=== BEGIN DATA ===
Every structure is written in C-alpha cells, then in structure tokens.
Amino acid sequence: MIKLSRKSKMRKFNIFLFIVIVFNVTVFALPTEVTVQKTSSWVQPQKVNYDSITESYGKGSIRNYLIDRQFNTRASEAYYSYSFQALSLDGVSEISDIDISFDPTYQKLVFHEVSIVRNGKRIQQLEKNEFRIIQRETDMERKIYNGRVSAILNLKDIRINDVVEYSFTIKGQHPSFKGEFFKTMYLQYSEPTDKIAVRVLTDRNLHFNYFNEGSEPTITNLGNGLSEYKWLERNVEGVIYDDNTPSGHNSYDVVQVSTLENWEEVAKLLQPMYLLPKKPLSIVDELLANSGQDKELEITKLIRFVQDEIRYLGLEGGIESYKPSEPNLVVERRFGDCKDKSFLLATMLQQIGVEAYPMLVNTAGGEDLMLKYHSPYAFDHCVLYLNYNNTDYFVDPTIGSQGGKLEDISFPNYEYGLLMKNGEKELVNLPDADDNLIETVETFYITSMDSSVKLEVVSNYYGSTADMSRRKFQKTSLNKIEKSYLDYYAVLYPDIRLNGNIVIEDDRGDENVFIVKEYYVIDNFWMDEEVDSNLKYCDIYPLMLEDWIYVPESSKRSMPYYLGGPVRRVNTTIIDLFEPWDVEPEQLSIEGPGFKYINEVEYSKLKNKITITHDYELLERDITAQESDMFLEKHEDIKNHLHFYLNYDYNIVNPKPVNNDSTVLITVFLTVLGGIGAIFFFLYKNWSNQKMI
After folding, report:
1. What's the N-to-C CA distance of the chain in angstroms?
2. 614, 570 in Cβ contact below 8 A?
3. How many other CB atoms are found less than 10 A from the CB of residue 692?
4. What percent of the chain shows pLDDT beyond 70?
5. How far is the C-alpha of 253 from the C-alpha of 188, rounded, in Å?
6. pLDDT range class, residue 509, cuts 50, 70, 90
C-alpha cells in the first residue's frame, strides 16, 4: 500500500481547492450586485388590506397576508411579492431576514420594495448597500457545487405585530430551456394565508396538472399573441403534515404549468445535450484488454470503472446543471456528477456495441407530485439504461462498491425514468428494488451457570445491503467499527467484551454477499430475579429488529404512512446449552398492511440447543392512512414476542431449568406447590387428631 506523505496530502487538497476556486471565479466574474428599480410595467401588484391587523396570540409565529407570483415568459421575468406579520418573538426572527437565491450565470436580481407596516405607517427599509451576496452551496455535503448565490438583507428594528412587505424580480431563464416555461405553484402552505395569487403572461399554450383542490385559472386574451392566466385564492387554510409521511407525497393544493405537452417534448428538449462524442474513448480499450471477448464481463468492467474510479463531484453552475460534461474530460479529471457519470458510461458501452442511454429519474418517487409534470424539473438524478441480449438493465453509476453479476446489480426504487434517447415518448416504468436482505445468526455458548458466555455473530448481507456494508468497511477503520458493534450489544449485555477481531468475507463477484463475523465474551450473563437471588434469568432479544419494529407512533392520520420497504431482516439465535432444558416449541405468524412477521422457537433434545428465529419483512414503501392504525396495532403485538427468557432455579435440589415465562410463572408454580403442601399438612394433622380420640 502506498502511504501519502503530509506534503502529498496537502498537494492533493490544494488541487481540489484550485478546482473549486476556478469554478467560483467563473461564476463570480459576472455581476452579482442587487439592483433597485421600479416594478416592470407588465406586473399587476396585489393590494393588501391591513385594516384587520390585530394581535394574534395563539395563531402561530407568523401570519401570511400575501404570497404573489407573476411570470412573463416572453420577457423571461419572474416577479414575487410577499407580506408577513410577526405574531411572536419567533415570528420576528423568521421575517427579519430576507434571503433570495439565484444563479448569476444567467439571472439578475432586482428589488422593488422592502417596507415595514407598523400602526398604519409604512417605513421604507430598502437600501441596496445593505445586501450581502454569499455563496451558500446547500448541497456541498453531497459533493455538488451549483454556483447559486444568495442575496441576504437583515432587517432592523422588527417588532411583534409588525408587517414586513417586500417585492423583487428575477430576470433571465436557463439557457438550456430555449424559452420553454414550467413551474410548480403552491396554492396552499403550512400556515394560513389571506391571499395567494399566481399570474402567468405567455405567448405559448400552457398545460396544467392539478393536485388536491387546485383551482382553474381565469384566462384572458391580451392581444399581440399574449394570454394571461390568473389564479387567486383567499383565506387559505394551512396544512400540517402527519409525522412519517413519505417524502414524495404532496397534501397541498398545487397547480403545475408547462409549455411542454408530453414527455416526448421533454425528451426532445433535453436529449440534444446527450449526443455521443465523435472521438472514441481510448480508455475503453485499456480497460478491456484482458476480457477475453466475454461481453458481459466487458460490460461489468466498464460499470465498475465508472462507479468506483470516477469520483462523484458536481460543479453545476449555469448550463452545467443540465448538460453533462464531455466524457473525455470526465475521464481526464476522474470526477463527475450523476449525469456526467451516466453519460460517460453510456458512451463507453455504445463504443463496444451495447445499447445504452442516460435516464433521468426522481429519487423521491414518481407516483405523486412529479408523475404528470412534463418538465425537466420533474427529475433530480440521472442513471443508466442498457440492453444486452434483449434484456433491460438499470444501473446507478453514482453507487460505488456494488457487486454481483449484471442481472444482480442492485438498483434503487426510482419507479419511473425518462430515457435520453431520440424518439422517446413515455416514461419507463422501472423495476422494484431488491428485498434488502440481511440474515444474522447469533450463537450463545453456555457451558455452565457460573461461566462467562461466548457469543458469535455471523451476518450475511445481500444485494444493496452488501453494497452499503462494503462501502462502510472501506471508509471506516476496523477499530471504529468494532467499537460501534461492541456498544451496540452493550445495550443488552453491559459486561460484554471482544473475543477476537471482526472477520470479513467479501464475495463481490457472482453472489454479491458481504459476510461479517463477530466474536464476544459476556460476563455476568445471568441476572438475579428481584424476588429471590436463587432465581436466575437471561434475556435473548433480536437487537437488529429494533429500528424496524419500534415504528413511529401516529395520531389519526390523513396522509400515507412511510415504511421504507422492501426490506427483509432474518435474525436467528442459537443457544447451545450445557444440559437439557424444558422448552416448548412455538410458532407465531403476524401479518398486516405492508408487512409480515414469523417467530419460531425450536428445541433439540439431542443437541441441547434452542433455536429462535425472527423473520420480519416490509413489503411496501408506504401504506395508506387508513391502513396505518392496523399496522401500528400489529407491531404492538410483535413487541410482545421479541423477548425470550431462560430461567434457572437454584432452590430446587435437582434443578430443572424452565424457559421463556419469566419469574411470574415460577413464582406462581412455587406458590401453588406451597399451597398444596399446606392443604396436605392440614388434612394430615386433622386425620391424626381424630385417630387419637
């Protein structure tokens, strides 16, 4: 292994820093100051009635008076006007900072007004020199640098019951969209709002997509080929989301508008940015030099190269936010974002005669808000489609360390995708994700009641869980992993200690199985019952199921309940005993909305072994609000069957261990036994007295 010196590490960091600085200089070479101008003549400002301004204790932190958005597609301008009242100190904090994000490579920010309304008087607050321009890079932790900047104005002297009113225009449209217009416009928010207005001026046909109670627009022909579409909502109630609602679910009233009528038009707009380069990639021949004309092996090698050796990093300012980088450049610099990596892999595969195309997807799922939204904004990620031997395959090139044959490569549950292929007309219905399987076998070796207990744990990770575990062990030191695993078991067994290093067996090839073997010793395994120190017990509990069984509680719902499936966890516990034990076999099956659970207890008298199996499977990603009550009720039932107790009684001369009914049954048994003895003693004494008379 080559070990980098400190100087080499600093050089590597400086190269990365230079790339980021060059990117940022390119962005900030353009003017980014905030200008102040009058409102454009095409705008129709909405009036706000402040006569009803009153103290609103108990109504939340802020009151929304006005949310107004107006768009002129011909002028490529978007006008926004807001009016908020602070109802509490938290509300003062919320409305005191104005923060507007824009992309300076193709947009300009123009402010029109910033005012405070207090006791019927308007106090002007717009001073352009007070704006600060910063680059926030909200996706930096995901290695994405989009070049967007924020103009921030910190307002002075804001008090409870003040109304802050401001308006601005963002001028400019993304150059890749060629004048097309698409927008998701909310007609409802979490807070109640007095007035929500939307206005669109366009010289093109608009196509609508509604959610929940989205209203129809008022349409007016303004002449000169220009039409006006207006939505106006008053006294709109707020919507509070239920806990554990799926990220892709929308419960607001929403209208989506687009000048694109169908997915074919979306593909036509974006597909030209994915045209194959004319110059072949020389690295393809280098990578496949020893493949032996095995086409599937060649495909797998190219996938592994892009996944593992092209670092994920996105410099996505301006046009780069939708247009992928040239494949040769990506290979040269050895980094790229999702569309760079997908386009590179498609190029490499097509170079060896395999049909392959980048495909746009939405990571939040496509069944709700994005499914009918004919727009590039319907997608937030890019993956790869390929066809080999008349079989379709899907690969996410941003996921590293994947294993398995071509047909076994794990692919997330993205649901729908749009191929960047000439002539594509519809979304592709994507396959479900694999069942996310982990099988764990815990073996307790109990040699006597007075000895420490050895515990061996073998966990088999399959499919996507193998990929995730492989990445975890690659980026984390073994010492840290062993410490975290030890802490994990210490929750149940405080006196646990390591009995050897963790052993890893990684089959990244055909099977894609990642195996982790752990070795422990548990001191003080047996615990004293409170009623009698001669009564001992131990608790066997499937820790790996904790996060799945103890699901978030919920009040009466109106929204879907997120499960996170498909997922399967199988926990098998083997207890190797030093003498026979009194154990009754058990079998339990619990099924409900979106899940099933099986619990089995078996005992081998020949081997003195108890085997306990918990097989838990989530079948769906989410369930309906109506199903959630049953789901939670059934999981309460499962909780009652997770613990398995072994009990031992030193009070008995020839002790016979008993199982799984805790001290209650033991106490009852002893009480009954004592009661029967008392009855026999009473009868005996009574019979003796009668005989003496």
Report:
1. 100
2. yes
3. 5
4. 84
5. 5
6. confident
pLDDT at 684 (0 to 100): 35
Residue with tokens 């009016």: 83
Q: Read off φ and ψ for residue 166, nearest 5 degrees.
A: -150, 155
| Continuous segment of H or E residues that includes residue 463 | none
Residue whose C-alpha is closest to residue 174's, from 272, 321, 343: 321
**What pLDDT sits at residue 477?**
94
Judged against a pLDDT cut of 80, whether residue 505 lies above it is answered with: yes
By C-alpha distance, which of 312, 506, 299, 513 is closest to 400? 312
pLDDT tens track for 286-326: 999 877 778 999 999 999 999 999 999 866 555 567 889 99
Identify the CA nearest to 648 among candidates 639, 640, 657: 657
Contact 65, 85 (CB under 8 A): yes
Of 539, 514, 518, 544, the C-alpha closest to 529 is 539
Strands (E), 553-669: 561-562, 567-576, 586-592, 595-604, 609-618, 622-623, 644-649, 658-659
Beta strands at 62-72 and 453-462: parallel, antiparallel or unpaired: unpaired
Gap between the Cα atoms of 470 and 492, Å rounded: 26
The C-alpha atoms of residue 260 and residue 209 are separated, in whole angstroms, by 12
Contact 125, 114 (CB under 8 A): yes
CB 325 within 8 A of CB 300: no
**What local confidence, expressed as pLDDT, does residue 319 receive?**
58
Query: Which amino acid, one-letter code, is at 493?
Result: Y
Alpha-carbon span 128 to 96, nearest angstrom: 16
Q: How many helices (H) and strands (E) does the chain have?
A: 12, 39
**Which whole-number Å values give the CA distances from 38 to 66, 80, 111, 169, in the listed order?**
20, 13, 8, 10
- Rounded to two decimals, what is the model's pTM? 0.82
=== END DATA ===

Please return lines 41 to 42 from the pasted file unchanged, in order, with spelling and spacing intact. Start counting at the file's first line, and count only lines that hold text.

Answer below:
Query: Which amino acid, one-letter code, is at 493?
Result: Y